Senior White House aides and Secret Service are now considering three Vineyard properties for a planned holiday by President Obama and his family next month.
And while the White House is still not confirming the Obamas’ Vineyard vacation plans and no lease has been signed, officials have considered more than 20 properties, including at Cow Bay, East Chop and Edgartown Great Pond. Real estate brokers have been contacted; properties have been shown, and while the vast majority of them have been rejected, either for reasons of security, or unsuitability for family needs, the Obamas are now down to a short list of properties for their possible vacation.
And in a striking departure from the Clinton Summer White House years on the Vineyard, the Obamas have made it clear that if they do come to the Vineyard they intend to rent property through an arm’s-length transaction.
At press time yesterday no lease had been signed.
Rumors relating to a first family visit have flown about the Island like so much patriotic confetti since spring and it turns out that some of them, though certainly not all, have a solid basis in fact.
“The White House is not confirming vacation plans,” said a spokesman yesterday.
Here are other known facts:
The Obamas are considering a Vineyard holiday during a period that falls roughly from August 22 to August 30. If the President and his family do come, it will likely be for less than two weeks, as they seek much-needed rest.
Hotel and rental space has been blocked off for Secret Service for the month of August. Wesley Hotel owner Peter Martell confirmed this week that he has reserved a substantial section of his Oak Bluffs hotel for the month of August, following a conversation with Secret Service agents around a fortnight ago.
The exploration of suitable property for the Obamas has involved consideration of many factors, including, of course, the need for security, but there are other factors as well. Certain Island roads, especially down-Island, are easily prone to traffic bottlenecks, which would pose potential problems when the President and his family go out, including to Oak Bluffs, where they have friends.
The three properties under consideration are all private residential compounds and all are suitable for in-and-out travel by a Summer White House motorcade, with relatively unfettered access to the airport and to Oak Bluffs.
During the Clinton Summer White House years which began in 1993, the Clintons stayed at former Secretary of Defense Robert MacNamara’s home in the Oyster Watcha Midlands in their first year, and at the home of major Democratic party contributor and Boston real estate developer Richard L. Friedman, also on Oyster Pond, in subsequent years. At all times the use of the homes were given to the Clintons.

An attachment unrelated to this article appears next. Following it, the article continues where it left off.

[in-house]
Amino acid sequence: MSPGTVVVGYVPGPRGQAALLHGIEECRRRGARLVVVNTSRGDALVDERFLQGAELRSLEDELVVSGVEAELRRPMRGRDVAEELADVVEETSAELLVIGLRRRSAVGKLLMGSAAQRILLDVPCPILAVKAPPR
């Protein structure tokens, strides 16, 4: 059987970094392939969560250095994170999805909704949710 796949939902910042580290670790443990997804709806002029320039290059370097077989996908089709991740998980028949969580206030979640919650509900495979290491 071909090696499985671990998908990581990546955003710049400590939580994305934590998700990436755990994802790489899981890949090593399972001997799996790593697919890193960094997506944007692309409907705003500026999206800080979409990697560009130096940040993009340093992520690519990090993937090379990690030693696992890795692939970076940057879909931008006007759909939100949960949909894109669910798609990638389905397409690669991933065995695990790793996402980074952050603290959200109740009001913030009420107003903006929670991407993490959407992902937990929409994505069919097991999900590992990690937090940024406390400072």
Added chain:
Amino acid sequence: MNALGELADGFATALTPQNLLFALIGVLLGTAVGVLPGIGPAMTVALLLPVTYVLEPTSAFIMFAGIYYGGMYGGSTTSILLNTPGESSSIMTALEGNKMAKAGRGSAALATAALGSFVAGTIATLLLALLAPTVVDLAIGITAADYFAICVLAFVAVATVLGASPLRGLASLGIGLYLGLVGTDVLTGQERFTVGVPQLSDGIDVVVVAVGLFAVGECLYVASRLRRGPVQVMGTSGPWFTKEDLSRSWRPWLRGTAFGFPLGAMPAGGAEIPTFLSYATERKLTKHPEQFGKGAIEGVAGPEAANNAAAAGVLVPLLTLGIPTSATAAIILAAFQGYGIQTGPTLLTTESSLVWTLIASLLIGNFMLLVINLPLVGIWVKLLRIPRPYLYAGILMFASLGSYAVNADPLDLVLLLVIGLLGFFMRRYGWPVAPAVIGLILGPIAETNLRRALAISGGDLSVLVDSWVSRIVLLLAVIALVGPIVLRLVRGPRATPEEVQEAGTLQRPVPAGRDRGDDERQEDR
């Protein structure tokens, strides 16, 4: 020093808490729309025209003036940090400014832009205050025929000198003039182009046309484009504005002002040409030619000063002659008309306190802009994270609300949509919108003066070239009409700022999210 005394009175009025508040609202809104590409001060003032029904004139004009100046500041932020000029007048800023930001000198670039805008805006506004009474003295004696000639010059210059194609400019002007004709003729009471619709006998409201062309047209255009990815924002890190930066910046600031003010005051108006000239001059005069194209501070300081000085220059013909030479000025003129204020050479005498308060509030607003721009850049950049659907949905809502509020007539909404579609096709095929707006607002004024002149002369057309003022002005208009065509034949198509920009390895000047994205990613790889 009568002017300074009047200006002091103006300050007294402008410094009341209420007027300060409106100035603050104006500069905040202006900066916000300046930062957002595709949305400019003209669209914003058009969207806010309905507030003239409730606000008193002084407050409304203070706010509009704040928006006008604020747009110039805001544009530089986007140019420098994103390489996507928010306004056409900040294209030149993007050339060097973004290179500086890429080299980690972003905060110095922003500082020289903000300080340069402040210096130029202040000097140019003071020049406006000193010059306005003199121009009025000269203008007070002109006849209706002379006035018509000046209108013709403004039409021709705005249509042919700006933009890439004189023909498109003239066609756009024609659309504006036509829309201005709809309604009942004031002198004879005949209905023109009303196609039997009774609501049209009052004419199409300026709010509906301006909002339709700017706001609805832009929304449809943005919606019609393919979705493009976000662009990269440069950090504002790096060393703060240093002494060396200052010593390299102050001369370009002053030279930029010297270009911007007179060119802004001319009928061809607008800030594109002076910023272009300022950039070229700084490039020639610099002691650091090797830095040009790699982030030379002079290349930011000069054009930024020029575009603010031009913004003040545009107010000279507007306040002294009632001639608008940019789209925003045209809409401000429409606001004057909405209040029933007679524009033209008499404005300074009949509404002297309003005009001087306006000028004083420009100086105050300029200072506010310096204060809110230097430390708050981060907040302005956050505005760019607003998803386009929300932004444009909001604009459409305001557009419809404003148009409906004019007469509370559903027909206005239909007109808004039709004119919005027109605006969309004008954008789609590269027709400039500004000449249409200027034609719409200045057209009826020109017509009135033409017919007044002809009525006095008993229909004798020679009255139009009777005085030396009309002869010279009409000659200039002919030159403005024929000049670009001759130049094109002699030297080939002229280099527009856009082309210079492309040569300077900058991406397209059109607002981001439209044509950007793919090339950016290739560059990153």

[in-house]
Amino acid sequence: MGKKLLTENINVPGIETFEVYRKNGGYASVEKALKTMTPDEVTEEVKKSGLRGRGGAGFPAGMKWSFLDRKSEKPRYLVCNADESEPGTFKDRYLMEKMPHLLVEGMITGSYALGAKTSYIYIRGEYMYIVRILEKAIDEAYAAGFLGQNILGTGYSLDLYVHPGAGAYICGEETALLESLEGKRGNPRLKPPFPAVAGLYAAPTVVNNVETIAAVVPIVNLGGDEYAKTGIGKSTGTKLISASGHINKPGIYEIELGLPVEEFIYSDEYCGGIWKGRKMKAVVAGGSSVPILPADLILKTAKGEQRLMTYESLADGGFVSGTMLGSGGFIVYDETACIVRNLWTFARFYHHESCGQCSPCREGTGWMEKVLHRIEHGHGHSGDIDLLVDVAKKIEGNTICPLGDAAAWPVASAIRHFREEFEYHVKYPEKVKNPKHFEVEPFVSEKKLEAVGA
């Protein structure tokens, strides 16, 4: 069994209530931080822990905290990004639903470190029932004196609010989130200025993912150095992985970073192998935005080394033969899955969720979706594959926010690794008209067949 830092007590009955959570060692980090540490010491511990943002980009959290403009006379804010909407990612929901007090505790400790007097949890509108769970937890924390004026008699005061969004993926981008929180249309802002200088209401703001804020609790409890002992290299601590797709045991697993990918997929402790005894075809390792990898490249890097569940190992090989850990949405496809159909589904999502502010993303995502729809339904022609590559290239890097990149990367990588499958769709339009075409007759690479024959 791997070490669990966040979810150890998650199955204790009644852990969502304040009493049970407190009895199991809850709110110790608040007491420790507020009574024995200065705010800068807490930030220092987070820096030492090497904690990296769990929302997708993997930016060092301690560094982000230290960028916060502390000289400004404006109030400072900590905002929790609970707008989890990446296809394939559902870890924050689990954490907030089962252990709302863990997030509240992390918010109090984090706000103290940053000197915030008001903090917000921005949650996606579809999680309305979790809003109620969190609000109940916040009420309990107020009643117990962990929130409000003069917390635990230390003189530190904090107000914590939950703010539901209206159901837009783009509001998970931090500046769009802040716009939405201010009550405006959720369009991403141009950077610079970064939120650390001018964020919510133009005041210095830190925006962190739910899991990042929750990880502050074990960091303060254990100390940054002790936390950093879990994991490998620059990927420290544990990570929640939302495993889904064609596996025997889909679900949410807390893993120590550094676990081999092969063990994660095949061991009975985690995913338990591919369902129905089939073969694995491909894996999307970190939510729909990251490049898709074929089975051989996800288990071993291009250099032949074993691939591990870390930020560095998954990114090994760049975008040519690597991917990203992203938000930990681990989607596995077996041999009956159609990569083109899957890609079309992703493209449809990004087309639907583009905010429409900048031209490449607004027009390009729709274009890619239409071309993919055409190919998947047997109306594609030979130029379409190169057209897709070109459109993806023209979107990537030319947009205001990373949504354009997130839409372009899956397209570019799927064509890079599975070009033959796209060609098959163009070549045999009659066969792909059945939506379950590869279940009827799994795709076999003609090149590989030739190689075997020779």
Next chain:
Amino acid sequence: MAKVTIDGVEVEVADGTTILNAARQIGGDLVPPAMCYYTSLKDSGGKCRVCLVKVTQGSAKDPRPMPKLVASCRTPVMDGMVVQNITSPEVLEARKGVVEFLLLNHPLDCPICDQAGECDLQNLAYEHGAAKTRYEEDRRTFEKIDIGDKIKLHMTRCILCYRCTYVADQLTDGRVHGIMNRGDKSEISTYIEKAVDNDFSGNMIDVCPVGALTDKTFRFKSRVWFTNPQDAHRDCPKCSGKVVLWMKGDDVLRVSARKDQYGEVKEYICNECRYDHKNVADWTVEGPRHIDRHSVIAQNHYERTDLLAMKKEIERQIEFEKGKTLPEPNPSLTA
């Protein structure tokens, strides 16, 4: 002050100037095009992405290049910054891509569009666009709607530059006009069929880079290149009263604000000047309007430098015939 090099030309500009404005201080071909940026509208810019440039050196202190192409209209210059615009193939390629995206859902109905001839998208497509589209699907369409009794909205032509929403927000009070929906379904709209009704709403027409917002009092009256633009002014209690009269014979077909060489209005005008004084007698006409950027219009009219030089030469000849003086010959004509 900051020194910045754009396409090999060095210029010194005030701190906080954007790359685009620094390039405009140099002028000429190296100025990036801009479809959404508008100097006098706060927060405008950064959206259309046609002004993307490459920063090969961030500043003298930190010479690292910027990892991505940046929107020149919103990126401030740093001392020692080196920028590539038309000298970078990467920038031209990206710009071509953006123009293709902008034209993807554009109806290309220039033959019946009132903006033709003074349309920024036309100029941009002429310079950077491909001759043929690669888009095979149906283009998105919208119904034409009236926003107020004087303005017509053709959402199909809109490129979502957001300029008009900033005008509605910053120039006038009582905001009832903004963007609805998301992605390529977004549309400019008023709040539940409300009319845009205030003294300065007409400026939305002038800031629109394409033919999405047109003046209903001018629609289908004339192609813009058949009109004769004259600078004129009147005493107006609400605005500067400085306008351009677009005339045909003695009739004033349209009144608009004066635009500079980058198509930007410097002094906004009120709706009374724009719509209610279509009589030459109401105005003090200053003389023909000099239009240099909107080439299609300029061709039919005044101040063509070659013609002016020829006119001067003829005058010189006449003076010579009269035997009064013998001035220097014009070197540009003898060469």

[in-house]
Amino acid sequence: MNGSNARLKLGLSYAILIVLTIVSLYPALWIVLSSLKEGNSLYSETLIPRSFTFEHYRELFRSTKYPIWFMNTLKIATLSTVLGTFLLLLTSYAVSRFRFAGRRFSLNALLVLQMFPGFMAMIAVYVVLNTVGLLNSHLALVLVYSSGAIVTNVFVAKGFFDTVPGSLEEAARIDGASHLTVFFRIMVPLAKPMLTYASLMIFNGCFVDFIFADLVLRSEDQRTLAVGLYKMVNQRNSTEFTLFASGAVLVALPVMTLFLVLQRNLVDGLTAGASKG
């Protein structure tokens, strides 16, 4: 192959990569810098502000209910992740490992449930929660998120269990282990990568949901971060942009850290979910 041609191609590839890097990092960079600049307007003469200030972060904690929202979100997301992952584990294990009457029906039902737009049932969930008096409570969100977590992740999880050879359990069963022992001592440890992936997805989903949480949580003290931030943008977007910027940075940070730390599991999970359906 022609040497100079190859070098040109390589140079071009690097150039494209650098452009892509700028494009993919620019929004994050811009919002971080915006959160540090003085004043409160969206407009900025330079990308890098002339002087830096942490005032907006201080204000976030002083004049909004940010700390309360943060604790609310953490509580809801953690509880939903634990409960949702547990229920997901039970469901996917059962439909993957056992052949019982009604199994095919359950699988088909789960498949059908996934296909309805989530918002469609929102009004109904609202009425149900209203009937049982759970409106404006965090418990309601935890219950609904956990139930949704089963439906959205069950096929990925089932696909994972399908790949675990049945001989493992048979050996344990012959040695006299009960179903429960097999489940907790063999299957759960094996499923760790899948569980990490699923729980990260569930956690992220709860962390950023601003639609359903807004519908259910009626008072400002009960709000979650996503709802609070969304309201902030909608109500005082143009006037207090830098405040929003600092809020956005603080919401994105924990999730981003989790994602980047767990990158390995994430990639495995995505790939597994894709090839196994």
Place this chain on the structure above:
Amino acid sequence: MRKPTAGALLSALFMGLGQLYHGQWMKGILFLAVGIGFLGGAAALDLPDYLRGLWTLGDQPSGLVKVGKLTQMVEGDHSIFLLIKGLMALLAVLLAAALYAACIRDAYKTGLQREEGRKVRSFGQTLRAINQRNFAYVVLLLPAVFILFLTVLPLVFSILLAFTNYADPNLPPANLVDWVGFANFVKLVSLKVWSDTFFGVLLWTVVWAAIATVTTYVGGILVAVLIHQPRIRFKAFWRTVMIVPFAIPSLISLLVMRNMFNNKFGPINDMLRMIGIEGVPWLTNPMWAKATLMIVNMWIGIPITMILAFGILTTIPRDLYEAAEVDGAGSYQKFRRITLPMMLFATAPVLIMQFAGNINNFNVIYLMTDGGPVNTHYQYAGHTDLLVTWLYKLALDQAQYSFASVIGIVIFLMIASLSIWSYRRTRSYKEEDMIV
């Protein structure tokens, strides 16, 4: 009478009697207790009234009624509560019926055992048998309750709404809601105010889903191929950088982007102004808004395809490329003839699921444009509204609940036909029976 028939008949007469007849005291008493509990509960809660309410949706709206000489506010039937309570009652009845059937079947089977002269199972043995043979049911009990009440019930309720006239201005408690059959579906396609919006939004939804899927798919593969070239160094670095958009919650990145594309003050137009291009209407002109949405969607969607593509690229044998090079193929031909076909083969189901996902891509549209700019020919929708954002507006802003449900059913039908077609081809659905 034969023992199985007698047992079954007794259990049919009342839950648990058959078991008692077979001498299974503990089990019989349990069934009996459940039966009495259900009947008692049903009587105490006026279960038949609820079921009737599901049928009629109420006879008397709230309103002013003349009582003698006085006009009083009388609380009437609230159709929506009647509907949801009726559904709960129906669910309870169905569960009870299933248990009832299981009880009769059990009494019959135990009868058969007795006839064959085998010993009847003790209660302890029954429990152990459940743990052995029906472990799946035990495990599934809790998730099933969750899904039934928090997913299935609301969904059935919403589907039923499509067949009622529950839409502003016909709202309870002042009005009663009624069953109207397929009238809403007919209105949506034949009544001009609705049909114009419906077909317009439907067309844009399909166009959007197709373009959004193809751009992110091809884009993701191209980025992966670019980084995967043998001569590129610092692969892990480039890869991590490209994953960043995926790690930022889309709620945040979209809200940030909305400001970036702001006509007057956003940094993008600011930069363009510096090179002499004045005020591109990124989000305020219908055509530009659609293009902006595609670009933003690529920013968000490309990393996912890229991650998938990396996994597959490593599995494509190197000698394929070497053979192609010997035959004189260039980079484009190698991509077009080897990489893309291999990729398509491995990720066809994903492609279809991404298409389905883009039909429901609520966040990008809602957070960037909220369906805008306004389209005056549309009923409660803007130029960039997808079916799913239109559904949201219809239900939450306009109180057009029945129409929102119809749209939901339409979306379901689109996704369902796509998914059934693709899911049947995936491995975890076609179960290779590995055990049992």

And while there have been offers of private homes to the Obamas, the offers were rejected with the clear understanding that the Obamas wish to rent.
If they come at all.
No strangers to the Vineyard, the Obamas have stayed in Oak Bluffs several times and have longtime friends with Island connections, many from the Oak Bluffs summer community. Among these friends are Valerie Jarrett, Obama confidante and now senior advisor to the President. Ms Jarrett is a longtime Oak Bluffs seasonal resident. Mr. Obama’s mentor at Harvard law school, Professor Charles Ogletree, is also a longtime summer resident of Oak Bluffs. Mr. Ogletree has been a golfing partner to Mr. Obama on the Vineyard and has expressed his wish this year to take the President fishing if he comes.
In 2007 Mr. Obama visited the Vineyard as a presidential candidate for closed-door, big-ticket fund-raisers. In 2004 he was on the Island as a senatorial candidate and spoke at a forum on race relations.
On both occasions a holiday appeared to be the primary motivation, with the Vineyard offering the necessary refuge for some time off.
“I can wander around in shorts and not shave in the morning and no one talks about it,” he said at the 2007 fund-raiser.
Of course, this was all before the Obamas became the First Family and all that entails. Every aspect of a trip this year would be subject to increased scrutiny, from travel plans to restaurant choices. ArtCliff owner Gina Stanley confirmed yesterday that she had been approached and had provided a menu from her restaurant to the White House.
Airport manager Sean Flynn said he has had no communication as of yet regarding an Air Force One visit but he said that squares with the timetables of previous visits.
“In the past it’s been between two and three weeks ahead of schedule. That was pre 9/11 movements.
“It’s a coordination effort. Coordinating with Air Force, Marines . . . it’s a huge effort for that day. There will be more staff on the day because we have the rest of the airport to run.
“I anticipate the security post 9/11 will be completely different. I have done eight or nine under Clinton — even those changed along the way.
“But we’ll definitely be ready for it — if it happens.”
If Mr. Obama does come next month he will not be going out on a limb as a President on his summer holidays.
Through the years the Island has been a spot for many visiting Presidents. John Adams came in 1760, to visit friend Jonathan Allen in Chilmark. President Ulysses S. Grant was driven around the Camp Ground on Illumination Night. Mr. Clinton and his family came six times during his presidency. John F. Kennedy stayed unexpectedly one night in Vineyard Haven when his sailboat was marooned there. Richard Nixon licked ice cream on Main street, Edgartown. Franklin D. Roosevelt anchored the Potomac in Tarpaulin Cove on his way to sign the Atlantic Charter with Winston Churchill.
Mr. Roosevelt did not come ashore and, it was reported at the time, Islanders left the chief executive alone, with one remarking:
“The man is trying to rest. And the Lord knows he needs it.”